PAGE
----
— Was the difference between generations so insurmountable?

— As a matter of principle, it should be noted that there was no conflict between "Fathers and Children." When we sailed with Generation Y, it was easy to negotiate and coexist with them: at least we spoke one language. They took over our business, considering us tutors, and wanted only to be independent. They are more pragmatic, goal-seeking, enterprising. They are initially embedded in the global context. Their key advantage is that we appeared ex ovo and started our business intuitively, by touch; those who followed the same path were well-read and heard a lot, they knew "how" and now replicate this experience in their firms. And so in general terms, I understand their world and am ready to agree with their ideas.

Our differences are difficult to decompose, just as it is impossible to give a recipe for liking, friendship or love. In short, this is all about cultural codes or signs, symbols, and images by which people perceive and transfer purport within their generation. It is the reflection of mental memory, accumulated aggregate experience, what you know, like tree rings. Law firms also have their own annual marks. Having more than 20 such rings and even remaining in the current legal context, you still will not be able to take the issues of the firm’s management and work with clients like the lawyer with five years of experience or even an advisor with ten years of experience, do. You just saw a little more, you have another force of intellectual inertia, you've heard it somewhere and you can tell how it ends.

But now, the next generation, the millennials, make their presence known (those, who passed on a banana boat 5 minutes ago). Their view of the world does not have strict rules, career goals and authorities; the planning horizon is measured in coming days and Google and iPhone have always existed. This last generation with progressive attention deficit and a pronounced surplus of self-importance will grow and gain weight. The conversations that existed in former firms between X and Y is no longer relevant. It seems like it was in the last century: problems of partnership, salaries and bonuses, billing hours... It was the world like in a David Maister book. The new generation will most likely live according to Richard Susskind's books. In many law firms, senior partners are the representatives of Generation Y and the millennials are a key link. No prizes for guessing that such firms have a completely different agenda, since intangible motivation is worth a lot more for these guys. For example, the life-work balance problem, ancient as the legal profession itself, is being deconstructed under their influence.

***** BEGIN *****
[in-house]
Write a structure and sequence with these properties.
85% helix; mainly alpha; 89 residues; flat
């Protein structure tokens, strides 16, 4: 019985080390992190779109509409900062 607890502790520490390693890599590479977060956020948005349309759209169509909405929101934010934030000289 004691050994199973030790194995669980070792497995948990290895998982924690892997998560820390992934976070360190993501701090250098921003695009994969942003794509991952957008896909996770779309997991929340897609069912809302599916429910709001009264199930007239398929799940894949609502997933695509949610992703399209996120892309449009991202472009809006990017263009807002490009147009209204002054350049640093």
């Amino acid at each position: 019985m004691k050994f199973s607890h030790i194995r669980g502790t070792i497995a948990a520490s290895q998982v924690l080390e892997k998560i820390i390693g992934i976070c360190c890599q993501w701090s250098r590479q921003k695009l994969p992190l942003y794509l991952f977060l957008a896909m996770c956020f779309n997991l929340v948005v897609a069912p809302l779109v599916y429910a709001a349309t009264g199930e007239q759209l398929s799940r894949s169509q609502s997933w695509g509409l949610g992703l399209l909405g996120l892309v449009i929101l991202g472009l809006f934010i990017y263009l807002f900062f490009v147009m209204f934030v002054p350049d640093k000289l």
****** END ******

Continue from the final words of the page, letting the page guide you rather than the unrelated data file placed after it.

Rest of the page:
By the time that Generation Z came around, information technologies had finally blurred the borders between business and life. The balance is long gone: working and living at the same time, 24 hours online, they do not want to exist as we do under the conditions of moral and physical exhaustion. With their drive they make law firms become more humane. For the first time ever, new labor policies are being introduced in the most conservative market: a flexible schedule, remote and virtual work, partial employment, additional leave, phased retirement.

 

— Nevertheless, it feels like you consider a young generation with a grain of salt…

— By no means. Some of its representatives just not concerned about the change or development of the society as much as about how to rebel on behalf of the youth delight before their own individuality. Every new generation is worthy, clever, interesting and conceited. The legal business dwells on this. Besides, any division into generations is a mere convention. It is not a historical change of formations when one species crowds out the others. Diffusion of generations takes place both in the market as a whole, and inside the very firms. We tend to underestimate this trend, but Western commentators write about this as a major transformation of the global legal market: for the first time ever, lawyers of three and even four generations (abroad) meet and work within one law firm (partners over the age of 65 are called "traditionalists" abroad to avoid the word "dinosaurs"). That is great since it is one of the forms of diversity that does not allow turning a law firm into an "echo chamber" – a self-contained like-minded community.